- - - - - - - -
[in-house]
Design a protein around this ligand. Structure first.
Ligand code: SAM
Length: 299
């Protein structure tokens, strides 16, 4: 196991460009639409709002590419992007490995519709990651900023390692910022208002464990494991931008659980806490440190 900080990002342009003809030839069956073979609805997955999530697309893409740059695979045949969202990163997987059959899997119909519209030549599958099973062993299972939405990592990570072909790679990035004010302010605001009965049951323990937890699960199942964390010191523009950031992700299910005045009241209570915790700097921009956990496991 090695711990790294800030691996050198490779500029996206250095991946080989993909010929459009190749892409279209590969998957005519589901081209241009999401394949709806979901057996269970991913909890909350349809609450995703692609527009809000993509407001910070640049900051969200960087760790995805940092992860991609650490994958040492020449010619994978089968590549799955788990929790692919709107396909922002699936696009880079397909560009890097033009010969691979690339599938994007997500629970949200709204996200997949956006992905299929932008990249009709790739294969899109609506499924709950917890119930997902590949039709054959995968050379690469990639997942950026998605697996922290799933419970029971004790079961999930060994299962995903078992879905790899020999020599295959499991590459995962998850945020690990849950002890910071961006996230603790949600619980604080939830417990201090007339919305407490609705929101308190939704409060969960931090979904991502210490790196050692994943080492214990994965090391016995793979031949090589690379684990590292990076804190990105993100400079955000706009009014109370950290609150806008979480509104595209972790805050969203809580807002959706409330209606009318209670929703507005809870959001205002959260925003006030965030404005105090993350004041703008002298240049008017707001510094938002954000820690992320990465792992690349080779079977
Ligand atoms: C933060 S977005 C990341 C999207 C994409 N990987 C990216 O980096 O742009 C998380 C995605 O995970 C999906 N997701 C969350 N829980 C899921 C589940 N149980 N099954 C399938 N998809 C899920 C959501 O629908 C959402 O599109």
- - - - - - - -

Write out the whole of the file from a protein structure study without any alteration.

[in-house]
Design a protein around this ligand. Structure first.
Ligand code: SAM
Length: 299
């Protein structure tokens, strides 16, 4: 196991460009639409709002590419992007490995519709990651900023390692910022208002464990494991931008659980806490440190 900080990002342009003809030839069956073979609805997955999530697309893409740059695979045949969202990163997987059959899997119909519209030549599958099973062993299972939405990592990570072909790679990035004010302010605001009965049951323990937890699960199942964390010191523009950031992700299910005045009241209570915790700097921009956990496991 090695711990790294800030691996050198490779500029996206250095991946080989993909010929459009190749892409279209590969998957005519589901081209241009999401394949709806979901057996269970991913909890909350349809609450995703692609527009809000993509407001910070640049900051969200960087760790995805940092992860991609650490994958040492020449010619994978089968590549799955788990929790692919709107396909922002699936696009880079397909560009890097033009010969691979690339599938994007997500629970949200709204996200997949956006992905299929932008990249009709790739294969899109609506499924709950917890119930997902590949039709054959995968050379690469990639997942950026998605697996922290799933419970029971004790079961999930060994299962995903078992879905790899020999020599295959499991590459995962998850945020690990849950002890910071961006996230603790949600619980604080939830417990201090007339919305407490609705929101308190939704409060969960931090979904991502210490790196050692994943080492214990994965090391016995793979031949090589690379684990590292990076804190990105993100400079955000706009009014109370950290609150806008979480509104595209972790805050969203809580807002959706409330209606009318209670929703507005809870959001205002959260925003006030965030404005105090993350004041703008002298240049008017707001510094938002954000820690992320990465792992690349080779079977
Ligand atoms: C933060 S977005 C990341 C999207 C994409 N990987 C990216 O980096 O742009 C998380 C995605 O995970 C999906 N997701 C969350 N829980 C899921 C589940 N149980 N099954 C399938 N998809 C899920 C959501 O629908 C959402 O599109």